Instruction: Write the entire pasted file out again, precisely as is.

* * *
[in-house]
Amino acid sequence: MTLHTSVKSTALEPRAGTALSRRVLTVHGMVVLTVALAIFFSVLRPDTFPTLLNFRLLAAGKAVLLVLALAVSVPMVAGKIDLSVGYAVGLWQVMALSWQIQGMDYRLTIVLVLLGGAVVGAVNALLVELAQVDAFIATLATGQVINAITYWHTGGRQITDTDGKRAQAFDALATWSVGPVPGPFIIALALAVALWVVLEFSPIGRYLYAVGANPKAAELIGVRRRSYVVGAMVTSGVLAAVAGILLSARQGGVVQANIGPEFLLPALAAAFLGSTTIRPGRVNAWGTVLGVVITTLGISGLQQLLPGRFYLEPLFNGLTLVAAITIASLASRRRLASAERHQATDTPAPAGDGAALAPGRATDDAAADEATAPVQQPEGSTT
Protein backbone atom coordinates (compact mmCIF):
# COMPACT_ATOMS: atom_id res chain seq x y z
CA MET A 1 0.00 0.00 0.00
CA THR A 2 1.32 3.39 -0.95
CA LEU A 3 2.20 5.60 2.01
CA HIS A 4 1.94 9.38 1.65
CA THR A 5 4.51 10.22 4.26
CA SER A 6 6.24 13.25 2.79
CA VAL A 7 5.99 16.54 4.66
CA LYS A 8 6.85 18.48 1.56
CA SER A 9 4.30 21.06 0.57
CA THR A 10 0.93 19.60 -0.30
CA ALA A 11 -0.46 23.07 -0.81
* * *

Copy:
[in-house]
Amino acid sequence: MTLHTSVKSTALEPRAGTALSRRVLTVHGMVVLTVALAIFFSVLRPDTFPTLLNFRLLAAGKAVLLVLALAVSVPMVAGKIDLSVGYAVGLWQVMALSWQIQGMDYRLTIVLVLLGGAVVGAVNALLVELAQVDAFIATLATGQVINAITYWHTGGRQITDTDGKRAQAFDALATWSVGPVPGPFIIALALAVALWVVLEFSPIGRYLYAVGANPKAAELIGVRRRSYVVGAMVTSGVLAAVAGILLSARQGGVVQANIGPEFLLPALAAAFLGSTTIRPGRVNAWGTVLGVVITTLGISGLQQLLPGRFYLEPLFNGLTLVAAITIASLASRRRLASAERHQATDTPAPAGDGAALAPGRATDDAAADEATAPVQQPEGSTT
Protein backbone atom coordinates (compact mmCIF):
# COMPACT_ATOMS: atom_id res chain seq x y z
CA MET A 1 0.00 0.00 0.00
CA THR A 2 1.32 3.39 -0.95
CA LEU A 3 2.20 5.60 2.01
CA HIS A 4 1.94 9.38 1.65
CA THR A 5 4.51 10.22 4.26
CA SER A 6 6.24 13.25 2.79
CA VAL A 7 5.99 16.54 4.66
CA LYS A 8 6.85 18.48 1.56
CA SER A 9 4.30 21.06 0.57
CA THR A 10 0.93 19.60 -0.30
CA ALA A 11 -0.46 23.07 -0.81